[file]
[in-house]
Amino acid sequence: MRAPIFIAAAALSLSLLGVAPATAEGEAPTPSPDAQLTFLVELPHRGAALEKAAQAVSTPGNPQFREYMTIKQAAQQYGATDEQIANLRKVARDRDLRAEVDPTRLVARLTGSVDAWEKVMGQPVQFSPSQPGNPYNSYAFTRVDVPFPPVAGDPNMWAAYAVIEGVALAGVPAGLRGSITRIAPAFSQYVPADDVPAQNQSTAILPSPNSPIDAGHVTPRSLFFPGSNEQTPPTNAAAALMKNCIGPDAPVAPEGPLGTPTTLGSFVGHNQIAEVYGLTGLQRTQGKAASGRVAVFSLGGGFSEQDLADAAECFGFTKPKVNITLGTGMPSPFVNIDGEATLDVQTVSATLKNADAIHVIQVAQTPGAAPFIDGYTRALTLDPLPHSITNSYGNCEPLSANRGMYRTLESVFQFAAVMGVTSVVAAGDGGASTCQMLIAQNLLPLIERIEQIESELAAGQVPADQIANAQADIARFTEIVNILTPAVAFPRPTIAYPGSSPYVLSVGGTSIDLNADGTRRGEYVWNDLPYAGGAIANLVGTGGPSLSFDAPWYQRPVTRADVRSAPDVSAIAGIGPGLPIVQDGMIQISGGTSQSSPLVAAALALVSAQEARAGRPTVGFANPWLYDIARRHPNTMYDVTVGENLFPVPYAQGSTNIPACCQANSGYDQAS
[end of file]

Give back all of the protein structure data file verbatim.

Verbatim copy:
[in-house]
Amino acid sequence: MRAPIFIAAAALSLSLLGVAPATAEGEAPTPSPDAQLTFLVELPHRGAALEKAAQAVSTPGNPQFREYMTIKQAAQQYGATDEQIANLRKVARDRDLRAEVDPTRLVARLTGSVDAWEKVMGQPVQFSPSQPGNPYNSYAFTRVDVPFPPVAGDPNMWAAYAVIEGVALAGVPAGLRGSITRIAPAFSQYVPADDVPAQNQSTAILPSPNSPIDAGHVTPRSLFFPGSNEQTPPTNAAAALMKNCIGPDAPVAPEGPLGTPTTLGSFVGHNQIAEVYGLTGLQRTQGKAASGRVAVFSLGGGFSEQDLADAAECFGFTKPKVNITLGTGMPSPFVNIDGEATLDVQTVSATLKNADAIHVIQVAQTPGAAPFIDGYTRALTLDPLPHSITNSYGNCEPLSANRGMYRTLESVFQFAAVMGVTSVVAAGDGGASTCQMLIAQNLLPLIERIEQIESELAAGQVPADQIANAQADIARFTEIVNILTPAVAFPRPTIAYPGSSPYVLSVGGTSIDLNADGTRRGEYVWNDLPYAGGAIANLVGTGGPSLSFDAPWYQRPVTRADVRSAPDVSAIAGIGPGLPIVQDGMIQISGGTSQSSPLVAAALALVSAQEARAGRPTVGFANPWLYDIARRHPNTMYDVTVGENLFPVPYAQGSTNIPACCQANSGYDQAS